Allowing rent to mostly accrue to land owners (as in Canada and other democracies) has the same negative effect as not collecting it all, as in the former USSR.
Michael Hudson writes:
The former Soviet Russia and other [communist] economies had NO payment of rent. But they had land. Because Russia did not collect the rent for land it led to inefficiency. Bureaucrats let the "best" flats in a city to Communist Party members in return for favours.
I visited Minsk in 1983. They had a huge, successful tractor factory whose grounds on one side of the city spread from almost the centre to the outskrits. It consisted of a rambling network of workshops and loads of wasted space. I asked the factory manager how much they paid for the site? He answered (through an interpretor) "You have to realise this is a communist economy and the land is free".
His factory was prohibiting other potenial industries and enterprises (such as worker or consumer co-ops) from operating on the most productive sites. Even our trade union-owned hotel was on the outskirts of town close to a forest.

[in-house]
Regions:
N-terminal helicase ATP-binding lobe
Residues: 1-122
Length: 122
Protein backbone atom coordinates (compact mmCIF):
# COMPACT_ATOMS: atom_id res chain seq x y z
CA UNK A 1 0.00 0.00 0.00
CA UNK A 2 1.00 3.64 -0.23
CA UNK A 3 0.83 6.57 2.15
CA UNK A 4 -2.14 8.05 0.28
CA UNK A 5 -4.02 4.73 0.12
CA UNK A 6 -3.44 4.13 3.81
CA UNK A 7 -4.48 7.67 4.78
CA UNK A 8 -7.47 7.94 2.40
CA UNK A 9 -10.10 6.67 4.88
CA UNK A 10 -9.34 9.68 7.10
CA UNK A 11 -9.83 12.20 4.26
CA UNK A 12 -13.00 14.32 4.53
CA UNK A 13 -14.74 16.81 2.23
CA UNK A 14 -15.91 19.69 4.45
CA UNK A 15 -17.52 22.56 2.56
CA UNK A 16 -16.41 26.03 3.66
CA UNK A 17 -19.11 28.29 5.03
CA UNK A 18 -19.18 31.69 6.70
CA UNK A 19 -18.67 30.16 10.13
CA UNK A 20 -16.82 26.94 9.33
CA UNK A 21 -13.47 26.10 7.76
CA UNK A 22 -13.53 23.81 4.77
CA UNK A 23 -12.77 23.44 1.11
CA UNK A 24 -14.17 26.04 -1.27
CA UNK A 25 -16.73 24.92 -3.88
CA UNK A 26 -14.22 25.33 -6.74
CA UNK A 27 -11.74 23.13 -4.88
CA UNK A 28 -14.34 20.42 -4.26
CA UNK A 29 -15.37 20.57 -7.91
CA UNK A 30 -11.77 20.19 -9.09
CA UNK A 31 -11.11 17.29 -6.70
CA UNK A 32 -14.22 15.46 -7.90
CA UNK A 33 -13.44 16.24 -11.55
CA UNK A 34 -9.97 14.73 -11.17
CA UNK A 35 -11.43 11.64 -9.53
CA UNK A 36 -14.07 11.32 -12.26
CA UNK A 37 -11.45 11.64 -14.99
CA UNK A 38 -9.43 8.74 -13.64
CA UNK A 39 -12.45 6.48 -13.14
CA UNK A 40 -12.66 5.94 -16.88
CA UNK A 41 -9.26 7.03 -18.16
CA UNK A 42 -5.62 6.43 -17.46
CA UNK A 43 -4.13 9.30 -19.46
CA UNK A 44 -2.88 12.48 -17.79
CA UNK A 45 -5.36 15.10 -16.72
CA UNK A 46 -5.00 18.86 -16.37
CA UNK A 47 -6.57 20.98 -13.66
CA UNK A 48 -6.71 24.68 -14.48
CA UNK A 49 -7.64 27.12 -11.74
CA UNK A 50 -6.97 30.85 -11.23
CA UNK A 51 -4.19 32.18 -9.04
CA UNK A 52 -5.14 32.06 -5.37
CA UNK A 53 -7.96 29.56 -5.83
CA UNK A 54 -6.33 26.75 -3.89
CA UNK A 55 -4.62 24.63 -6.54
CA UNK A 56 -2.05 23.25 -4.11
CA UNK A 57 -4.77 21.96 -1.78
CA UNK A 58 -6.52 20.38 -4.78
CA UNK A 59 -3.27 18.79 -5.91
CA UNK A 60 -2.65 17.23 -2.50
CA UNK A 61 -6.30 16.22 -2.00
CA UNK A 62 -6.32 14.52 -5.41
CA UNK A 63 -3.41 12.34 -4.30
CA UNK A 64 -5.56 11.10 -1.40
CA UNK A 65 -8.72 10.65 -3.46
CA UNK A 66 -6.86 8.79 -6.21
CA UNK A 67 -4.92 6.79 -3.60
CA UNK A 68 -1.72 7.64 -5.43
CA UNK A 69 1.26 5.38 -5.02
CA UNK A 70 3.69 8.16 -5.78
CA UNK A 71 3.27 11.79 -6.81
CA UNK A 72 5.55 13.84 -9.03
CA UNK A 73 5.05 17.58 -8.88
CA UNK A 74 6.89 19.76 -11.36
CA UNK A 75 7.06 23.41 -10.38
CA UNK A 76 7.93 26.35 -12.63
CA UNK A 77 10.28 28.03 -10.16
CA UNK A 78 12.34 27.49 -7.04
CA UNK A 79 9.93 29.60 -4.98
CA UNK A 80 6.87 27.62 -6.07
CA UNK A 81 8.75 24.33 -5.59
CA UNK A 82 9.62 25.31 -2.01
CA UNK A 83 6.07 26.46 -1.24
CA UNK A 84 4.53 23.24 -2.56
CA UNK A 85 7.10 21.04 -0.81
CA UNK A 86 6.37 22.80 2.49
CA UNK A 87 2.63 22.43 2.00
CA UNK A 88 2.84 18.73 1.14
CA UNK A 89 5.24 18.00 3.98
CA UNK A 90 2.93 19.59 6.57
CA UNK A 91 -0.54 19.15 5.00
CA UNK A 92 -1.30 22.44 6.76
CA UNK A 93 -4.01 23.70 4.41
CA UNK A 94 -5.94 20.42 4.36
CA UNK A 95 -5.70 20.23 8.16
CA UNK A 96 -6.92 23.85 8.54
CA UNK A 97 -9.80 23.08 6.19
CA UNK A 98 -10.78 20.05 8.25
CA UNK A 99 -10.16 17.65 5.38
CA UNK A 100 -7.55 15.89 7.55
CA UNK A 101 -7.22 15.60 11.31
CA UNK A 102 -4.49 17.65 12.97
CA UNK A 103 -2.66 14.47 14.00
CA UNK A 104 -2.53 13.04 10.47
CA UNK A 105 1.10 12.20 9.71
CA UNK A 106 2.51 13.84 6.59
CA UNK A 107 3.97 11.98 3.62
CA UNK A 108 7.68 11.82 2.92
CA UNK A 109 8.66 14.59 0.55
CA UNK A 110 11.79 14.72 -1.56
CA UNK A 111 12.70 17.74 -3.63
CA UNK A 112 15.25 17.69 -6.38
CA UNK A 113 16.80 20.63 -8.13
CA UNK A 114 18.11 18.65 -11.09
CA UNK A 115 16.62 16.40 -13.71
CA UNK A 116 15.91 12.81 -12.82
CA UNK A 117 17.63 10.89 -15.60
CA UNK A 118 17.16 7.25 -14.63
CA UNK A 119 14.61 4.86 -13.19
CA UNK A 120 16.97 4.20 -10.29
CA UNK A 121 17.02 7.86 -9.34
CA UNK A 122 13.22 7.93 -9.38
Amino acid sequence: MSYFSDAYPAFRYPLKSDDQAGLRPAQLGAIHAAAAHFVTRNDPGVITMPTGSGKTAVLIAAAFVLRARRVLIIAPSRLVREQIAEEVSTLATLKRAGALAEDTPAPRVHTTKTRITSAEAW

If the manager had had to pay the economic rent for the site then he/she would have contracted the amount of space used, probably to the cheapest land on the outskirts or maybe close to a highway or railhead. But releasing a huge amount of land for other productive purposes. In addition the state would have received a considerable income from land rent from all users especially with new enterprises springing up on favourable available sites.
In the former communist Yugoslavia under Tito, I once read of a dispute between a forestry co-op and the local town about who should pay for a new road. The town council refused to finance it as the forestry co-op would be the main beneficiaries. The co-op refused to pay as they claimed that it was the civic duty of the town council to build roads. As far as I know - the road was never built!
Now if the Communists had not just nationalised land - but also charged the full economic rent how efficient would the Soviet system have become?